Basic Aromatherapy Oils and Tips

This ancient healing art can be particularly helpful for conditions associated with middle age, including insomnia, depression, elevated blood pressure, arthritis, poor circulation, and more. Plus, its a sensual treat!


| May/June 2000



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Essential oils are a superb complement to the psychological benefits of massage.

Establishing aromatherapy as a habit in your daily life helps you take a little time for yourself. Essential oils can be used for their scent and for their cosmetic and medicinal qualities. Properly used, essential oils can help prevent and relieve many common complaints such as insomnia, headaches, colds, and aching muscles. Virtually all essential oils have antibacterial properties and some may help prevent and treat infectious illness. Essential oils can interact with all systems of the body whether they are used in a massage, bath, or as an inhalant.

In this articl, you’ll find some of the most popular methods of use and some simple recipes for you to try. Start slowly, perhaps with lavender oil, a must for the beginner. Once you understand the basic safety guidelines, try several ways to use the oils. Apply lavender or tea tree to cuts, add a few drops of other oils to the bath, or try your favorite scents in a diffuser. Notice how your body responds. Before long, you will wonder how you ever got along without aromatherapy in your life.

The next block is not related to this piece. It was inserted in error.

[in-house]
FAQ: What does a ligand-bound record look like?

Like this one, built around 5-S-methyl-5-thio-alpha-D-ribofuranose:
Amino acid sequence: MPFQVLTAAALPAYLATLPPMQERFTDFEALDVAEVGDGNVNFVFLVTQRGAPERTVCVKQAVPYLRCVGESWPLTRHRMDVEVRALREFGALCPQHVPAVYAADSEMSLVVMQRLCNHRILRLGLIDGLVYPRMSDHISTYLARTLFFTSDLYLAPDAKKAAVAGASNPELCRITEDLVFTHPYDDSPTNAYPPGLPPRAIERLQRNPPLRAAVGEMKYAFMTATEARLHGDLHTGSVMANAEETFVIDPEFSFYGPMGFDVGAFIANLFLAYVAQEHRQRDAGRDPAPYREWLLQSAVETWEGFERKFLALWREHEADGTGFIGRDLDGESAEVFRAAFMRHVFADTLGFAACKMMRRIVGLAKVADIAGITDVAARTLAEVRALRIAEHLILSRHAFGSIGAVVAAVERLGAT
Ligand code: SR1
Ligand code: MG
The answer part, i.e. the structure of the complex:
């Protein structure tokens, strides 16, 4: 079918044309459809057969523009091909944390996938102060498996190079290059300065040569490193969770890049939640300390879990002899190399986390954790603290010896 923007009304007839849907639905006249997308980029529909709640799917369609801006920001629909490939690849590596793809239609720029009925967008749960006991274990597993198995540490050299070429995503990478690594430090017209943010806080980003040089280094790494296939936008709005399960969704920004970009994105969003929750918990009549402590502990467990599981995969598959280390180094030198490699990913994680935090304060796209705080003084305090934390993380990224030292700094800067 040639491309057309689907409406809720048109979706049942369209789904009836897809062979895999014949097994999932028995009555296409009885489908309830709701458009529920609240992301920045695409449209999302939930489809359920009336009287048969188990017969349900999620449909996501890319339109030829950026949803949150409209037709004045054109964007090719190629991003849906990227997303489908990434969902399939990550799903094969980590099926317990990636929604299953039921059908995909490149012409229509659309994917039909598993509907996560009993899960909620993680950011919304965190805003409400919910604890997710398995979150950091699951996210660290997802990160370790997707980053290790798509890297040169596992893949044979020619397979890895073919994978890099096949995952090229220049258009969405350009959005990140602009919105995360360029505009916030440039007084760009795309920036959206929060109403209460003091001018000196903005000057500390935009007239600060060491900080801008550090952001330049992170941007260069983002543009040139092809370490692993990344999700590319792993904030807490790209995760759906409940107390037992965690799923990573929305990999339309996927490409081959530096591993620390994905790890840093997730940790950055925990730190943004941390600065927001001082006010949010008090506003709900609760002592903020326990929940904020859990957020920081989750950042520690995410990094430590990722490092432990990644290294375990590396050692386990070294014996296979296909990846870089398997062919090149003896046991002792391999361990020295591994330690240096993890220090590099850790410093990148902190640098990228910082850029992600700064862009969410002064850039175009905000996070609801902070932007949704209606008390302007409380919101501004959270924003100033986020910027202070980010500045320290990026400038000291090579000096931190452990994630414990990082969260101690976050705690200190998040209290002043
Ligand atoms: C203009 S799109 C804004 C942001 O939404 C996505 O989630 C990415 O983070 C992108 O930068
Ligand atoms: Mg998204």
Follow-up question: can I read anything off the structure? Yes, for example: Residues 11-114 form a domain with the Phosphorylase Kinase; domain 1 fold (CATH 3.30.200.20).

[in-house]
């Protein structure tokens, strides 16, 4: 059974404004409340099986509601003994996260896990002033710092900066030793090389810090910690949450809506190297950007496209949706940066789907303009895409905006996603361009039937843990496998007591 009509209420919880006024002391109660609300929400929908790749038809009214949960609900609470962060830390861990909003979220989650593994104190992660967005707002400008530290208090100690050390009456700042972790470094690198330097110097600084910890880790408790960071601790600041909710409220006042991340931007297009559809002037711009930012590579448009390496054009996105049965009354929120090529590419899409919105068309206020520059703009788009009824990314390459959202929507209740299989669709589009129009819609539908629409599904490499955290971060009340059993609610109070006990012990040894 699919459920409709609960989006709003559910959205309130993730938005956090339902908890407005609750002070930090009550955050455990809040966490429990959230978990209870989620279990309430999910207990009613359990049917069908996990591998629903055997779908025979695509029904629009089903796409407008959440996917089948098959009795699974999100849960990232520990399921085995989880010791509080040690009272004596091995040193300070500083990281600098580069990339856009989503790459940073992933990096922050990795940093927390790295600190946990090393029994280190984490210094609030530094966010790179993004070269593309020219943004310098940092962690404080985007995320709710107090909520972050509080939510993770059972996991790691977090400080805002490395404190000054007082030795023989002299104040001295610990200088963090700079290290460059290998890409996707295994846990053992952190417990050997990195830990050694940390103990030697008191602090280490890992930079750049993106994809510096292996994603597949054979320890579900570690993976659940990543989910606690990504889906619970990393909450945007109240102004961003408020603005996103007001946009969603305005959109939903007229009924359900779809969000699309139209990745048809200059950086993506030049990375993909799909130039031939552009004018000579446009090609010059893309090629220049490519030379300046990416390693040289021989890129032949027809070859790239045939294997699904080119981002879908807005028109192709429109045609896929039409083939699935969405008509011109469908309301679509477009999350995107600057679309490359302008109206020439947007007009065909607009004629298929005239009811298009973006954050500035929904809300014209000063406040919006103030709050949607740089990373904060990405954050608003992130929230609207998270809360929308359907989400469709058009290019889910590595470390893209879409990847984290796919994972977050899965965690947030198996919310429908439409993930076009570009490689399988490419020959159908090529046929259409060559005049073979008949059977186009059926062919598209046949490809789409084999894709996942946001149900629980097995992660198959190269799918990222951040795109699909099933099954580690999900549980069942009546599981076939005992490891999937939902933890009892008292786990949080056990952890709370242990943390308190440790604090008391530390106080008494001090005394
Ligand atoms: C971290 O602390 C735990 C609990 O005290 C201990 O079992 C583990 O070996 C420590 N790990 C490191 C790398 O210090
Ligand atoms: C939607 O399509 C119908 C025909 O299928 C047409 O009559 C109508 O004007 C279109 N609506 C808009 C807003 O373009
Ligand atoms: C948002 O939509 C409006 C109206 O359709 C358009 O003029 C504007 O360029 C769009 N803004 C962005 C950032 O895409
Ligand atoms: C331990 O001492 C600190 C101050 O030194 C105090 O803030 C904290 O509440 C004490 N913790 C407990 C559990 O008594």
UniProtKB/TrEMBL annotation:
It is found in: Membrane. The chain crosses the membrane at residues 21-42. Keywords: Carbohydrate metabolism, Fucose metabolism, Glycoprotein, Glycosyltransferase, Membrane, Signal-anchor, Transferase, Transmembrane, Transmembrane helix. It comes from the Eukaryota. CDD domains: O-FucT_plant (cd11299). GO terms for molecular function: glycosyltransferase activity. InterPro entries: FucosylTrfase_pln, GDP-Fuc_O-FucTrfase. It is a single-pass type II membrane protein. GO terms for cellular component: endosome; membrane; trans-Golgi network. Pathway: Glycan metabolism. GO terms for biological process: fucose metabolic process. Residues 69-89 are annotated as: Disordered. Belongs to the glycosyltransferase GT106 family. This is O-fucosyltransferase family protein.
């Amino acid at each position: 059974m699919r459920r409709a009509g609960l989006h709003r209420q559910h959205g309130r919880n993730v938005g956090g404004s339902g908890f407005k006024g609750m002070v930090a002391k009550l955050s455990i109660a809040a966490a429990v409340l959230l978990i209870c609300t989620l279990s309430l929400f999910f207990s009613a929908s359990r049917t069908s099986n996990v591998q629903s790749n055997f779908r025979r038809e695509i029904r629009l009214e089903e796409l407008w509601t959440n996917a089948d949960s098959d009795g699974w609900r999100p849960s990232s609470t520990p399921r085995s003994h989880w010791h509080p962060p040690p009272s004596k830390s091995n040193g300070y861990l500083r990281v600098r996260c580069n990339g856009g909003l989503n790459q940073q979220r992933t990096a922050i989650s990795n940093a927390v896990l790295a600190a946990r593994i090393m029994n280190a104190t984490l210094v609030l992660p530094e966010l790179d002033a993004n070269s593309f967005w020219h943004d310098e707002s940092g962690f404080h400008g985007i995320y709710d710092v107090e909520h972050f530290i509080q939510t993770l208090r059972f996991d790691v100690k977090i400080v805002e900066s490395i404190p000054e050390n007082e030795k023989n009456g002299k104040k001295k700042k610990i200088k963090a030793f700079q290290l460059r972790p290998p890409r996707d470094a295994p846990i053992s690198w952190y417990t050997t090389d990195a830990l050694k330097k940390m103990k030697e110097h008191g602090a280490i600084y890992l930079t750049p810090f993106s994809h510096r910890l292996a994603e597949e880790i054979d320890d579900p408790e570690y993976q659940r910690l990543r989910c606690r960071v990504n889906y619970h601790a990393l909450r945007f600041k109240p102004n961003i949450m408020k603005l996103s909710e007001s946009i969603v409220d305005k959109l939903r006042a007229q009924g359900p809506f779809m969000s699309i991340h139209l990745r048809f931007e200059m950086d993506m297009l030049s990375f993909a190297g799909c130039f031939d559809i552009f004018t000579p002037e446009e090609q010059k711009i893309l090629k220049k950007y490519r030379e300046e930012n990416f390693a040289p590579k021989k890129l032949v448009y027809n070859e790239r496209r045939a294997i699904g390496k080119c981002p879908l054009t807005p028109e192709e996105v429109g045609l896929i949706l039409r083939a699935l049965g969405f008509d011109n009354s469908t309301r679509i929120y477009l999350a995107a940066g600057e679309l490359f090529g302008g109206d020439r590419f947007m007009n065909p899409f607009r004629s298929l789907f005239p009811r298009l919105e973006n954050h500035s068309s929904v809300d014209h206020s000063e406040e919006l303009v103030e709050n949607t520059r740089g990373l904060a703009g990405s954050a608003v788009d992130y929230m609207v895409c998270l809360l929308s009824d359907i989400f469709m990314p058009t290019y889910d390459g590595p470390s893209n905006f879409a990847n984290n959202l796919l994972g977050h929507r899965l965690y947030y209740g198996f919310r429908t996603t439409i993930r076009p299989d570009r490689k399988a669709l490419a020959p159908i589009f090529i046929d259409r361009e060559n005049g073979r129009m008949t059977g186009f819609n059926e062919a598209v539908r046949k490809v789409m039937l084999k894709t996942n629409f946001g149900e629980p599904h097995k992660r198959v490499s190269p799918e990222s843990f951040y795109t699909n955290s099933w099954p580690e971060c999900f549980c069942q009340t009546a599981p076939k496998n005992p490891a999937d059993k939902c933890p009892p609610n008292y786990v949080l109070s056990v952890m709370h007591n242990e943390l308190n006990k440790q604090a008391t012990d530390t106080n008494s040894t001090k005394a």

Safety First!

Essential oils should be used with care because they are strong, volatile substances that can interact with medications or be dangerous for persons with particular health problems such as epilepsy and diabetes. Undiluted essential oils should not be applied directly to the skin or taken internally. Use them only in minute quantities and keep away from your eyes. Store them in dark glass bottles in a cool place.

Bath and Shower Oils

Bathing can dilate blood vessels, slow heart rate, and release muscle tension. A few drops of well chosen essential oil can add to these benefits and nourish the skin as they are absorbed.

If you’re limited to or prefer showers, try some of the many soaps and shower gels available that contain herbs and pure essential oils (not fragrance oils). Or, at the end of your shower, add a few drops of essential oil to your washcloth or sponge and rub it over yourself briskly as you continue to stand under the running water. Breathe in the aromatic steam deeply. And don’t forget hand and foot baths, jacuzzis, saunas, and sitz baths—essential oils complement these bathing methods and can provide many therapeutic benefits.

Scented Honey Bath

Honey nourishes the skin. It has good anti-inflammatory properties, and essential oils dissolve easily in it. Mix 3 to 5 drops of essential oil in 3 to 4 tablespoons of honey. Pour the mixture into the bathtub, relax, and enjoy.





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